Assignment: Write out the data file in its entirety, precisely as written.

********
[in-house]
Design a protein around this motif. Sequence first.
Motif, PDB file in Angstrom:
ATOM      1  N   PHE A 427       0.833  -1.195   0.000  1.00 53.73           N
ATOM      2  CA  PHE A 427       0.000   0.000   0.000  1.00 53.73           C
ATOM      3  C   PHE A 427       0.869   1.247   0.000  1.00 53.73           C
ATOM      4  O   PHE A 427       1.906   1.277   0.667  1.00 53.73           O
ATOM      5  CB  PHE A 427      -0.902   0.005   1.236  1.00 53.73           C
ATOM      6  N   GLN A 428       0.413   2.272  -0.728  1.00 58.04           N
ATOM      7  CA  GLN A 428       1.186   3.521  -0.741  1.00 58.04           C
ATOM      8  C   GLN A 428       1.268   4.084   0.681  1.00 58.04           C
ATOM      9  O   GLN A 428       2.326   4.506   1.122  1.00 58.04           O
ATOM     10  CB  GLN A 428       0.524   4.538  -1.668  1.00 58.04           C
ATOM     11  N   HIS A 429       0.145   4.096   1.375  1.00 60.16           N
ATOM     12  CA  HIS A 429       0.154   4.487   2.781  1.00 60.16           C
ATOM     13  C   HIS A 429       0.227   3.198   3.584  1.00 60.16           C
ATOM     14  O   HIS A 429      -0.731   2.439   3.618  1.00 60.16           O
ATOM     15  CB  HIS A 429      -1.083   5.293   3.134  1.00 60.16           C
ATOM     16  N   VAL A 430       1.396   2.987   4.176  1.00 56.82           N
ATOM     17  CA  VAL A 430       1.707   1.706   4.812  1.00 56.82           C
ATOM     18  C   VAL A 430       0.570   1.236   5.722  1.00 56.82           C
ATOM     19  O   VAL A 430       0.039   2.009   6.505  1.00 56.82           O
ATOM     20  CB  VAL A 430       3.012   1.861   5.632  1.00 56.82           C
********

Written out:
[in-house]
Design a protein around this motif. Sequence first.
Motif, PDB file in Angstrom:
ATOM      1  N   PHE A 427       0.833  -1.195   0.000  1.00 53.73           N
ATOM      2  CA  PHE A 427       0.000   0.000   0.000  1.00 53.73           C
ATOM      3  C   PHE A 427       0.869   1.247   0.000  1.00 53.73           C
ATOM      4  O   PHE A 427       1.906   1.277   0.667  1.00 53.73           O
ATOM      5  CB  PHE A 427      -0.902   0.005   1.236  1.00 53.73           C
ATOM      6  N   GLN A 428       0.413   2.272  -0.728  1.00 58.04           N
ATOM      7  CA  GLN A 428       1.186   3.521  -0.741  1.00 58.04           C
ATOM      8  C   GLN A 428       1.268   4.084   0.681  1.00 58.04           C
ATOM      9  O   GLN A 428       2.326   4.506   1.122  1.00 58.04           O
ATOM     10  CB  GLN A 428       0.524   4.538  -1.668  1.00 58.04           C
ATOM     11  N   HIS A 429       0.145   4.096   1.375  1.00 60.16           N
ATOM     12  CA  HIS A 429       0.154   4.487   2.781  1.00 60.16           C
ATOM     13  C   HIS A 429       0.227   3.198   3.584  1.00 60.16           C
ATOM     14  O   HIS A 429      -0.731   2.439   3.618  1.00 60.16           O
ATOM     15  CB  HIS A 429      -1.083   5.293   3.134  1.00 60.16           C
ATOM     16  N   VAL A 430       1.396   2.987   4.176  1.00 56.82           N
ATOM     17  CA  VAL A 430       1.707   1.706   4.812  1.00 56.82           C
ATOM     18  C   VAL A 430       0.570   1.236   5.722  1.00 56.82           C
ATOM     19  O   VAL A 430       0.039   2.009   6.505  1.00 56.82           O
ATOM     20  CB  VAL A 430       3.012   1.861   5.632  1.00 56.82           C